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Nat Med. 2007 Sep;13(9):1035-41. Epub 2007 Aug 19.

CD8+ T lymphocytes protective against malaria liver stages are primed in skin-draining lymph nodes.

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Department of Molecular Microbiology and Immunology, Malaria Research Institute, Bloomberg School of Public Health, Johns Hopkins University, 615 N. Wolfe Street, Baltimore, Maryland 21205, USA.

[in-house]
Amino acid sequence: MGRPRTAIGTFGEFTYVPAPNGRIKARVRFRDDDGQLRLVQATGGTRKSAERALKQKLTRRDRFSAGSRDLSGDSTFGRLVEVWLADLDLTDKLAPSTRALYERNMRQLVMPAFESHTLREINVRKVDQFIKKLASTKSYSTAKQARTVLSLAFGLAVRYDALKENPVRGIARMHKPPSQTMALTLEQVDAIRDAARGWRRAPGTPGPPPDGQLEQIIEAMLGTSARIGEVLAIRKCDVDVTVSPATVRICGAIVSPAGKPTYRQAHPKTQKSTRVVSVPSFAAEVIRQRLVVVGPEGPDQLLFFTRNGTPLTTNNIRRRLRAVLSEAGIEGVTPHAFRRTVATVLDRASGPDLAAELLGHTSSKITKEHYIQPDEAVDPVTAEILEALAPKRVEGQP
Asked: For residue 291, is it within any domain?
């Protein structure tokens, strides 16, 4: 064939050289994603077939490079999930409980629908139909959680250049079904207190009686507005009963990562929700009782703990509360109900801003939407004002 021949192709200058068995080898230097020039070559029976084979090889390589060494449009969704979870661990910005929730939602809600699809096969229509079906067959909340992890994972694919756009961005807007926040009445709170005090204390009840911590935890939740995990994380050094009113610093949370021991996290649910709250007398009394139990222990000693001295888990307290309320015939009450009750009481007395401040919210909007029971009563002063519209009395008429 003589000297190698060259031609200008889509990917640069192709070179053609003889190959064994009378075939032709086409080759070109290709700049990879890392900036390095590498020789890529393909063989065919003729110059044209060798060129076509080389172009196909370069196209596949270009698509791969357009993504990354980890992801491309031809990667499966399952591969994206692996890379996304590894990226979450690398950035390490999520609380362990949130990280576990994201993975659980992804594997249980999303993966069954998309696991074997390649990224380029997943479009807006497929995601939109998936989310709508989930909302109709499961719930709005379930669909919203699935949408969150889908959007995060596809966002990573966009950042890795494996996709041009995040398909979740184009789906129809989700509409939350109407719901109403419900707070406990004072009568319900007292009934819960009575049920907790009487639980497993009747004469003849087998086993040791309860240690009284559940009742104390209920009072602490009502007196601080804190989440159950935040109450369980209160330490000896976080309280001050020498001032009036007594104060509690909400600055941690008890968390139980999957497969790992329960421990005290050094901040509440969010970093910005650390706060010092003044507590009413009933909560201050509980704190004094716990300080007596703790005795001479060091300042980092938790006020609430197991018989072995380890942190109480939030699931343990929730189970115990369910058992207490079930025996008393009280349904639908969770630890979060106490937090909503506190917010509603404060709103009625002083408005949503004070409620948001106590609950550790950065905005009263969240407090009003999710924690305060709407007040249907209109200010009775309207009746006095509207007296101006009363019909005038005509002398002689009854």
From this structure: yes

The success of immunization with irradiated sporozoites is unparalleled among the current vaccination approaches against malaria, but its mechanistic underpinnings have yet to be fully elucidated. Using a model mimicking natural infection by Plasmodium yoelii, we delineated early events governing the development of protective CD8(+) T-cell responses to the circumsporozoite protein. We demonstrate that dendritic cells in cutaneous lymph nodes prime the first cohort of CD8(+) T cells after an infectious mosquito bite. Ablation of these lymphoid sites greatly impairs subsequent development of protective immunity. Activated CD8(+) T cells then travel to systemic sites, including the liver, in a sphingosine-1-phosphate (S1P)-dependent fashion. These effector cells, however, no longer require bone marrow-derived antigen-presenting cells for protection; instead, they recognize antigen on parenchymal cells-presumably parasitized hepatocytes. Therefore, we report an unexpected dichotomy in the tissue restriction of host responses during the development and execution of protective immunity to Plasmodium.

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